An analysis of successful litigation claims in childhood fatalities in England

Eur J Pediatr. 2012 Nov;171(11):1657-60. doi: 10.1007/s00431-012-1793-6. Epub 2012 Jul 21.


This study aimed to analyse the number, nature and costs of successful litigation claims against the National Health Service in England involving fatalities in children. A record of claims involving fatalities in children from 1 April 2004 to 31 March 2011 was obtained from the National Health Service Litigation Authority. The closed cases where compensation had been paid to the claimant were analysed. One hundred thirty out of a total of 234 closed cases (56 %) resulted in payment of compensation. The commonest causes of a fatality were delayed/failed diagnosis (58), delayed/failed treatment (19), complications related to procedures/operations (17), poor overall quality of care (7), medication errors (6), inappropriate medical advice leading to delayed presentation (6) and communication errors (5). The commonest diagnoses involved were sepsis (17), meningitis (11), cardiac defects (8), gastrointestinal illness (8), intracranial bleed (4), meningococcal septicaemia (3) and malignancy (3). The total cost of litigation was £8,143,342 with cost per case ranging from £1607 to £790,555 with a mean of £62,641. The death of a child is a tragedy. When an error has occurred, this causes further suffering to the family and to the health care professionals involved.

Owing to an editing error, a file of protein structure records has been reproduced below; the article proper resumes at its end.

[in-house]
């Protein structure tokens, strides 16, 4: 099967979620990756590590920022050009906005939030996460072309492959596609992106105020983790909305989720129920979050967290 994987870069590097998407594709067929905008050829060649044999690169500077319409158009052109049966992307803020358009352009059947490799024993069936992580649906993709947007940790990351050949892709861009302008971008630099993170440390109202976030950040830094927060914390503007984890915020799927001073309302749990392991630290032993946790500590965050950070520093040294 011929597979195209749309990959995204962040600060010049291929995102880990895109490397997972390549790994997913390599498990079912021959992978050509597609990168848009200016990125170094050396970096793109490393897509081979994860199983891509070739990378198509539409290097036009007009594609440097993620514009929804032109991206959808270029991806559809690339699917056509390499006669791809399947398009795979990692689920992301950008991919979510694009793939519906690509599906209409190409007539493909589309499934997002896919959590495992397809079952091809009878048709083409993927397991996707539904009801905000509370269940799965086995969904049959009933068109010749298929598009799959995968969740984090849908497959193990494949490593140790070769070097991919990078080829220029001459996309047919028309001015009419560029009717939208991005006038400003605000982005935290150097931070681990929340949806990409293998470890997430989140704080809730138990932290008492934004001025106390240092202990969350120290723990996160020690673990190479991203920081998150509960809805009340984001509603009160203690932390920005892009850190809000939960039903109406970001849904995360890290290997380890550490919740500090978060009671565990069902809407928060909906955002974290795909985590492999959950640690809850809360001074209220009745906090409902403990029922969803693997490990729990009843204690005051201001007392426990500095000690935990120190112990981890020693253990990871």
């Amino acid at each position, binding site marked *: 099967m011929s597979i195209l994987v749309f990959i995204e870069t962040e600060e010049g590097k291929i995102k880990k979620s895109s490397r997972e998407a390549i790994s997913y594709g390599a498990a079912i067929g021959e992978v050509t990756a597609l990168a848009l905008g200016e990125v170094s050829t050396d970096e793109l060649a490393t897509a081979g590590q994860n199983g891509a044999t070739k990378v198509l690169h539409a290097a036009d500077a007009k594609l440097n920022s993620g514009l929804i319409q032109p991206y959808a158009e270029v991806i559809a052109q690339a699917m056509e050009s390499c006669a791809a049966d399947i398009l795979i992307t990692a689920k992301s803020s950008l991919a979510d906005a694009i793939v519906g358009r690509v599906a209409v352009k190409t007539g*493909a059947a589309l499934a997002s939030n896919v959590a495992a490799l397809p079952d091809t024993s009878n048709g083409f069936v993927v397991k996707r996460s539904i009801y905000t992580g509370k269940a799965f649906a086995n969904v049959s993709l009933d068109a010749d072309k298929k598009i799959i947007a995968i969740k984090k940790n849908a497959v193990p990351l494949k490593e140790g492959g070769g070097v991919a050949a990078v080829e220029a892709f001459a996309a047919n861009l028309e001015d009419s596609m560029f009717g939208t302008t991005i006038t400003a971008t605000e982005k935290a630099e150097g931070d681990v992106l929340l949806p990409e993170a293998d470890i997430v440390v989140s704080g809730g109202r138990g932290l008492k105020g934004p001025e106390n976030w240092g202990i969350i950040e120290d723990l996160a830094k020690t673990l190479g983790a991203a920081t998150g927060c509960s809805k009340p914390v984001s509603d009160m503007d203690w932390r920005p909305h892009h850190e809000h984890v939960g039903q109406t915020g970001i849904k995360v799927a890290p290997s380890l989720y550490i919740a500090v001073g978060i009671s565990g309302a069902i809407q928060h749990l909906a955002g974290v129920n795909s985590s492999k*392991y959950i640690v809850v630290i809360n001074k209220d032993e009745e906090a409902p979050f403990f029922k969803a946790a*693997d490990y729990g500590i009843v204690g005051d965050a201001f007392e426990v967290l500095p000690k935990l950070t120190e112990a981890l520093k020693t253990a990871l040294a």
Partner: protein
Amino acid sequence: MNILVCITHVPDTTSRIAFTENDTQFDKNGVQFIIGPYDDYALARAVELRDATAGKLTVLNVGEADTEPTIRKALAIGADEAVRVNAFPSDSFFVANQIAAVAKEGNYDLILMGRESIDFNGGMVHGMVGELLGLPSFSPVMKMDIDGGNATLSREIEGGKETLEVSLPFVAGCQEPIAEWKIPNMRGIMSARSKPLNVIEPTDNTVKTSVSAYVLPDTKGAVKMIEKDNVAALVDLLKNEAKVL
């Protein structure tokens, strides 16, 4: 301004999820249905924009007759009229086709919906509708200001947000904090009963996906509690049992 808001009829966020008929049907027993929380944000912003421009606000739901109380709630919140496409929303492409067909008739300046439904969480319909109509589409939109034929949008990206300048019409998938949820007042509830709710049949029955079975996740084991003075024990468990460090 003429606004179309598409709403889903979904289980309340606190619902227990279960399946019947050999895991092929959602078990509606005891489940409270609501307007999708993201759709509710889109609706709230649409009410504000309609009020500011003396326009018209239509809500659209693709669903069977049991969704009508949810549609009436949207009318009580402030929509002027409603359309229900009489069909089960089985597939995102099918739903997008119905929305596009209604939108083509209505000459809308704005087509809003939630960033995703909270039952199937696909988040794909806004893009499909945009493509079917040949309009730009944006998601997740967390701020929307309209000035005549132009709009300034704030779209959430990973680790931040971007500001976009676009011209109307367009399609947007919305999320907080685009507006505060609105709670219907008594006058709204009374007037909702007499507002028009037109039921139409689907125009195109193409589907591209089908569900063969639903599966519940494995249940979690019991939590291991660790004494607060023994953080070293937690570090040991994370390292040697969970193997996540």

Conclusion: This data suggest areas where training could be improved, and by learning from such errors we can diminish such occurrences in the future and improve patient safety.

MeSH terms

  • Child
  • Child Mortality*
  • Compensation and Redress / legislation & jurisprudence*
  • England
  • Humans
  • Malpractice / economics
  • Malpractice / legislation & jurisprudence*
  • Malpractice / statistics & numerical data
  • Medical Errors / economics
  • Medical Errors / legislation & jurisprudence*
  • Medical Errors / mortality
  • Medical Errors / statistics & numerical data
  • Patient Safety
  • State Medicine / economics
  • State Medicine / legislation & jurisprudence*